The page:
• why is free space shrinking


    W11 21 H2 Build 22000.1641 (Dell Inspiron 15)
    My free space keeps shrinking. A major cause is my System Vol. Info
    Mostly restore pts config, although I do put a tight limit of about 4.5 gb., and that works

    Nevertheless as the free space declines, if I eliminate all restore Pts (some created when I do Windows Updates) and just create one new update, the configuration drops but then just keeps increasing with the one restore pt.. WHY? Every so often, I delete recycle bin contents and assorted temp file along with the aforementioned extra created restore pts. Still that created restore pt config. keeps gaining space.

    Here are some readings; the last one after my latest deletions:

    free C: 106/106/103/103/101/99.1/97.7/96.5/96.3/97/96.1/95.8/95.6/94.6/99.5|||99/98.3/98.5/92/93.6/98.2/95.2/93.2/ 98.4

    Sys Vol: 5.76 MB/898/1.25/1.76/3.68/4.00/3.95/4.39/4.39/2.87/3.66/3.88/4.1/4.76/320 MB |||704  MB/928/1.12 /5.51/4.01/1.34//3.52/3.74/ 448 mb

    Restore Pts: 156.91 MB/686.2/969.48/1.45/3.24/3.68/3.61/4.05/4.12/2.40/3.34/3.38/4.1/3.77/4.26/30.53 MB|||381.88 MB/415.53/763.3/3.64/972.61 mb


    • This topic was modified 2 months ago by compiler.
    • This topic was modified 2 months ago by compiler.
    • This topic was modified 2 months ago by compiler.
    • This topic was modified 2 months ago by compiler.
    Viewing 3 reply threads
    • #2546673

      Run the free portable WizTree to find out data storage used.

    • #2546725

      Sorry for prior no author post…forgot to log in


      I don’t create or collect restore points and avoid these space and other issues with restore points. I relay on image and data backups to another drive.
      I will offer these tips to help with your problem.

      1) Text list of Restore Points
      Enter the following command into an Admin Command window

      vssadmin list shadows /For=C:\ >"%userprofile%\Desktop\RestorePoints.txt"

      This assumes Windows installed on C:\ drive

      2) To gain access to the System Volume Folder

      Enter the following commands (in the order shown) into an Admin Command window

      icacls "C:\System Volume Information" /grant XXXX:F

      Replace the XXXX with your admin user name.

      Next enter

      icacls "C:\System Volume Information" /grant XXXX:F /T

      Replace the XXXX with your admin user name.

      There will still be some folders in the System Volume Information folder that will deny access.  Those have to be handled manually or enter with the above command for that specific folder.  Don’t know why the T option doesn’t work for some subfolders.

      3) If you have a second drive you can move where Windows stores the restore points to that drive.

      1. Stop and set the Volume Shadow Service to “Disabled” temporarily to prevent it from kicking in.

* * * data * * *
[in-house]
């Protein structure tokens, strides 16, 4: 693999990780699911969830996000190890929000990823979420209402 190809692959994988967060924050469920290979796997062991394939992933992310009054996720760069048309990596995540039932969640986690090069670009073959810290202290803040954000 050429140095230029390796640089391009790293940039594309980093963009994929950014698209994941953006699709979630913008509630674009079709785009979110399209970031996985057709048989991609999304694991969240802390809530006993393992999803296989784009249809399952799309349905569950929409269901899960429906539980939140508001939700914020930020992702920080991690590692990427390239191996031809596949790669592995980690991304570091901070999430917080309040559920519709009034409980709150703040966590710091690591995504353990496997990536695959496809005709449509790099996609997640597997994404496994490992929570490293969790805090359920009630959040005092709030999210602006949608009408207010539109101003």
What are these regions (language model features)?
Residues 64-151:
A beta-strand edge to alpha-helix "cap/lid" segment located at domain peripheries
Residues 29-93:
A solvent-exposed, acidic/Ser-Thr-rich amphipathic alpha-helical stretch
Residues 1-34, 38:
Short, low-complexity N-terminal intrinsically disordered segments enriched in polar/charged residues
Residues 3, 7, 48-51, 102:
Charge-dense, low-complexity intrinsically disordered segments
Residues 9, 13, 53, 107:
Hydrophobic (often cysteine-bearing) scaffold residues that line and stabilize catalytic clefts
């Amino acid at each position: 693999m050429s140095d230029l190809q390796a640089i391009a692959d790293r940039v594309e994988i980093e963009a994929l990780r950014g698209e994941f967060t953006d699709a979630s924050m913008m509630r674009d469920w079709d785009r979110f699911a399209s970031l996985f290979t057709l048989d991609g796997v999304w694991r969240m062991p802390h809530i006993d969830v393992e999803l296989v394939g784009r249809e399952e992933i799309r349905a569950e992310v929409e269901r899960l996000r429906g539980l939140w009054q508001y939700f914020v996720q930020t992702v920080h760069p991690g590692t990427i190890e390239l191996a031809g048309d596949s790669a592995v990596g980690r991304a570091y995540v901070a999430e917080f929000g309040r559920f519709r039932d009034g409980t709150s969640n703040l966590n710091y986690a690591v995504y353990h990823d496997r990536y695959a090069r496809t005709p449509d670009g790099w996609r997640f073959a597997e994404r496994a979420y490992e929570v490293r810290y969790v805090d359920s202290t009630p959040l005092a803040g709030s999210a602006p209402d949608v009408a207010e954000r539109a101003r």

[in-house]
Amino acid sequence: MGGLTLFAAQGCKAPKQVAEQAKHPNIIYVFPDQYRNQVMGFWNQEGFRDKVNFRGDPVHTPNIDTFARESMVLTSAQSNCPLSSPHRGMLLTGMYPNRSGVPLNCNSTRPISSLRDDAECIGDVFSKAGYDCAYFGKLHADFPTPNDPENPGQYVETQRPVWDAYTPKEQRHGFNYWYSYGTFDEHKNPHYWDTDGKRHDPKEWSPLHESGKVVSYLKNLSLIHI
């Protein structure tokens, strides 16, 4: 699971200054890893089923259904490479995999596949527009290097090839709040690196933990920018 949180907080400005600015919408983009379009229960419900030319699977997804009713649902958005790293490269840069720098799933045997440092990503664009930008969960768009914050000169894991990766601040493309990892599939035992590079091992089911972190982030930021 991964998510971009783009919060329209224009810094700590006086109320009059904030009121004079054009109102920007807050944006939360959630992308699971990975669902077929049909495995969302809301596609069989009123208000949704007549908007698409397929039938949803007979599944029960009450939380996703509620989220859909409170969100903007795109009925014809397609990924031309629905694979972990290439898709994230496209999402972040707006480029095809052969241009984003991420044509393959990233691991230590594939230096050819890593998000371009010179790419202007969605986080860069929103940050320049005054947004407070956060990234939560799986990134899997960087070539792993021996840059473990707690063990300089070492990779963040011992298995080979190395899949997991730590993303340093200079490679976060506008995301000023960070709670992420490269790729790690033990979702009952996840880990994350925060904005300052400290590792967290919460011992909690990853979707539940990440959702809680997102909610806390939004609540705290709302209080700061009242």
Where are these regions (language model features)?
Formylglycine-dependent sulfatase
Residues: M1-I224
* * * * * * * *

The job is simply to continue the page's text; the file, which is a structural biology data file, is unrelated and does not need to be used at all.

2. Open Computer Management.
      3. In the console tree, right-click Shared Folders, select All Tasks, and click Configure Shadow Copies.
      4. Click the volume where you want to make changes (in our case, C:) and then click Settings.
      5. In the Settings dialog box, change the “Located on this volume” (we moved it from C: to G: – which had ample disk space to accommodate the folder) and click OK.
      6. Click Enable.
      7. Set the Volume Shadow Service to “Manual” again and let Windows do it’s thing.


      HTH, Dana:))

      1 user thanked author for this post.
      • #2546817

        I want to apologize for #3 above.  That will not work or Windows 11 or 10.  That is info from 2008 that applied to Windows XP or Vista.  Not sure how that tip got in my current tips folder.  I should have looked at the creation date before using that old tip… haste makes waste and red face.

        At least the access to the System Volume Information folder and the SystemRestore folder and sub folders, you can selectively delete those restore points you don’t want or move them to another drive after they are made.  You’ll have to put them back into that folder if you want to use them.

        HTH, Dana:))

    • #2551845


      TY for your responses. Sorry for the delay. I’m having a hard time finding my adm user name. It appears to be my full name eg: John Smith. Am I looking for 4 letters?



      • #2551918

        “Admin user name” being the user that has admin permissions – assuming you use an admin and non-admin account (I don’t).

        To find the name of your current account:
        Win R, cmd
        set u

        Look for “USERNAME=”

        cheers, Paul

    • #2551942

      OK got it ty.

      It’s what I thought it was by going to file explorer looking at folders within c;/users



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